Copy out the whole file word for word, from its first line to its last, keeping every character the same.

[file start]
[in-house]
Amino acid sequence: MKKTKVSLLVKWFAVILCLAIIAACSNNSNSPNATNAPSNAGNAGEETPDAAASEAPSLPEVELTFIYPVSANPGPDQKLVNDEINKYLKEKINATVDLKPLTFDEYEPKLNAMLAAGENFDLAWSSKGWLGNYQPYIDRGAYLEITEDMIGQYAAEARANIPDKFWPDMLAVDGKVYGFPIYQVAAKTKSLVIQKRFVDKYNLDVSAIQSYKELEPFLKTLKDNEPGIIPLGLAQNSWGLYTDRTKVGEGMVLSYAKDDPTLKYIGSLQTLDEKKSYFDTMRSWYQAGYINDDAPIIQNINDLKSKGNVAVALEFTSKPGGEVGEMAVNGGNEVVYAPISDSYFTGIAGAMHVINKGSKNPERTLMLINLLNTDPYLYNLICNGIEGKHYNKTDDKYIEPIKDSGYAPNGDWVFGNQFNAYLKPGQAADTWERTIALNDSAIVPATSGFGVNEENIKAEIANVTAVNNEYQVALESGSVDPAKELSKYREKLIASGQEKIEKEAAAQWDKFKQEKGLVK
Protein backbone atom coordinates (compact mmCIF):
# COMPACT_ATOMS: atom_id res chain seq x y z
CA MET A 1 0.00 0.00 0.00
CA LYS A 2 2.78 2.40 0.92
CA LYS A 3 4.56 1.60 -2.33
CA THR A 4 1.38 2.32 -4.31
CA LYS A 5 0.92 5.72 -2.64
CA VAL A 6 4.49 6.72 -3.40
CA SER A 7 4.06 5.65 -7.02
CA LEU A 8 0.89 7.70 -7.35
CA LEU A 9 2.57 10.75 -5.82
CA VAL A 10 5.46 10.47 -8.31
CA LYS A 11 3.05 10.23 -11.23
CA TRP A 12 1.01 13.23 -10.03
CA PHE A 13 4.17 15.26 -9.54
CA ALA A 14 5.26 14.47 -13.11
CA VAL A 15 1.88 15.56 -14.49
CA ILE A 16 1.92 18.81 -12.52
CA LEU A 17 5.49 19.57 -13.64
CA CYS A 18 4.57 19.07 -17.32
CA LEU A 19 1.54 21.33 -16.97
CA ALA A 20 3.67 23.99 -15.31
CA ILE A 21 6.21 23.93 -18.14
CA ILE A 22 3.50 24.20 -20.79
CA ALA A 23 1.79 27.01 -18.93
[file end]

[in-house]
Amino acid sequence: MKKTKVSLLVKWFAVILCLAIIAACSNNSNSPNATNAPSNAGNAGEETPDAAASEAPSLPEVELTFIYPVSANPGPDQKLVNDEINKYLKEKINATVDLKPLTFDEYEPKLNAMLAAGENFDLAWSSKGWLGNYQPYIDRGAYLEITEDMIGQYAAEARANIPDKFWPDMLAVDGKVYGFPIYQVAAKTKSLVIQKRFVDKYNLDVSAIQSYKELEPFLKTLKDNEPGIIPLGLAQNSWGLYTDRTKVGEGMVLSYAKDDPTLKYIGSLQTLDEKKSYFDTMRSWYQAGYINDDAPIIQNINDLKSKGNVAVALEFTSKPGGEVGEMAVNGGNEVVYAPISDSYFTGIAGAMHVINKGSKNPERTLMLINLLNTDPYLYNLICNGIEGKHYNKTDDKYIEPIKDSGYAPNGDWVFGNQFNAYLKPGQAADTWERTIALNDSAIVPATSGFGVNEENIKAEIANVTAVNNEYQVALESGSVDPAKELSKYREKLIASGQEKIEKEAAAQWDKFKQEKGLVK
Protein backbone atom coordinates (compact mmCIF):
# COMPACT_ATOMS: atom_id res chain seq x y z
CA MET A 1 0.00 0.00 0.00
CA LYS A 2 2.78 2.40 0.92
CA LYS A 3 4.56 1.60 -2.33
CA THR A 4 1.38 2.32 -4.31
CA LYS A 5 0.92 5.72 -2.64
CA VAL A 6 4.49 6.72 -3.40
CA SER A 7 4.06 5.65 -7.02
CA LEU A 8 0.89 7.70 -7.35
CA LEU A 9 2.57 10.75 -5.82
CA VAL A 10 5.46 10.47 -8.31
CA LYS A 11 3.05 10.23 -11.23
CA TRP A 12 1.01 13.23 -10.03
CA PHE A 13 4.17 15.26 -9.54
CA ALA A 14 5.26 14.47 -13.11
CA VAL A 15 1.88 15.56 -14.49
CA ILE A 16 1.92 18.81 -12.52
CA LEU A 17 5.49 19.57 -13.64
CA CYS A 18 4.57 19.07 -17.32
CA LEU A 19 1.54 21.33 -16.97
CA ALA A 20 3.67 23.99 -15.31
CA ILE A 21 6.21 23.93 -18.14
CA ILE A 22 3.50 24.20 -20.79
CA ALA A 23 1.79 27.01 -18.93